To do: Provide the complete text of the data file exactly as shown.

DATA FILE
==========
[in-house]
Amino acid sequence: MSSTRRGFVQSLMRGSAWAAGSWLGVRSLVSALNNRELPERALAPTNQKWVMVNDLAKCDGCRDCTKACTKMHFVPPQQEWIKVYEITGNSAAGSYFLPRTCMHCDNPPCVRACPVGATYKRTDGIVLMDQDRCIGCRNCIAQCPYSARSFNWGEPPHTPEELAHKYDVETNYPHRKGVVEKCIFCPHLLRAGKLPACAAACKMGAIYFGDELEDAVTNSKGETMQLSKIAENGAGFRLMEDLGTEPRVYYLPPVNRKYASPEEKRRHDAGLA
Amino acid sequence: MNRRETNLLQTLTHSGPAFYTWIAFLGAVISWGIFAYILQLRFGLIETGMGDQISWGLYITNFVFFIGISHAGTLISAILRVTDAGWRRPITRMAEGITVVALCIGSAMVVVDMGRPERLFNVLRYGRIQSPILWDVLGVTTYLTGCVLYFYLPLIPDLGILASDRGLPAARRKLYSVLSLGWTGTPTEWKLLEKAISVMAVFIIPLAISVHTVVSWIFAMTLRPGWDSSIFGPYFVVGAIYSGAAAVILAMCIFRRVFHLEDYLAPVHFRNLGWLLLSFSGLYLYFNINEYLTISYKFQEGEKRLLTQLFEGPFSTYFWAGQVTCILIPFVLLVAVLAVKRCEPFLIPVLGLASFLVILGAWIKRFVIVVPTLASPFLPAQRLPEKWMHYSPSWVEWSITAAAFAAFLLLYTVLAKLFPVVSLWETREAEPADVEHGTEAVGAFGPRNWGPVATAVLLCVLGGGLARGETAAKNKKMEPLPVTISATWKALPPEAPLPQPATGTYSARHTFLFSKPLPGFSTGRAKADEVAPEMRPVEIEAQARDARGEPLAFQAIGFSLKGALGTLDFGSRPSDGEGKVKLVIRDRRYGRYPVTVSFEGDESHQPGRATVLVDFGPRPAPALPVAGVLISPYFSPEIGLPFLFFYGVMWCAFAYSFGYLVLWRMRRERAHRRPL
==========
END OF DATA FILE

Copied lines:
[in-house]
Amino acid sequence: MSSTRRGFVQSLMRGSAWAAGSWLGVRSLVSALNNRELPERALAPTNQKWVMVNDLAKCDGCRDCTKACTKMHFVPPQQEWIKVYEITGNSAAGSYFLPRTCMHCDNPPCVRACPVGATYKRTDGIVLMDQDRCIGCRNCIAQCPYSARSFNWGEPPHTPEELAHKYDVETNYPHRKGVVEKCIFCPHLLRAGKLPACAAACKMGAIYFGDELEDAVTNSKGETMQLSKIAENGAGFRLMEDLGTEPRVYYLPPVNRKYASPEEKRRHDAGLA
Amino acid sequence: MNRRETNLLQTLTHSGPAFYTWIAFLGAVISWGIFAYILQLRFGLIETGMGDQISWGLYITNFVFFIGISHAGTLISAILRVTDAGWRRPITRMAEGITVVALCIGSAMVVVDMGRPERLFNVLRYGRIQSPILWDVLGVTTYLTGCVLYFYLPLIPDLGILASDRGLPAARRKLYSVLSLGWTGTPTEWKLLEKAISVMAVFIIPLAISVHTVVSWIFAMTLRPGWDSSIFGPYFVVGAIYSGAAAVILAMCIFRRVFHLEDYLAPVHFRNLGWLLLSFSGLYLYFNINEYLTISYKFQEGEKRLLTQLFEGPFSTYFWAGQVTCILIPFVLLVAVLAVKRCEPFLIPVLGLASFLVILGAWIKRFVIVVPTLASPFLPAQRLPEKWMHYSPSWVEWSITAAAFAAFLLLYTVLAKLFPVVSLWETREAEPADVEHGTEAVGAFGPRNWGPVATAVLLCVLGGGLARGETAAKNKKMEPLPVTISATWKALPPEAPLPQPATGTYSARHTFLFSKPLPGFSTGRAKADEVAPEMRPVEIEAQARDARGEPLAFQAIGFSLKGALGTLDFGSRPSDGEGKVKLVIRDRRYGRYPVTVSFEGDESHQPGRATVLVDFGPRPAPALPVAGVLISPYFSPEIGLPFLFFYGVMWCAFAYSFGYLVLWRMRRERAHRRPL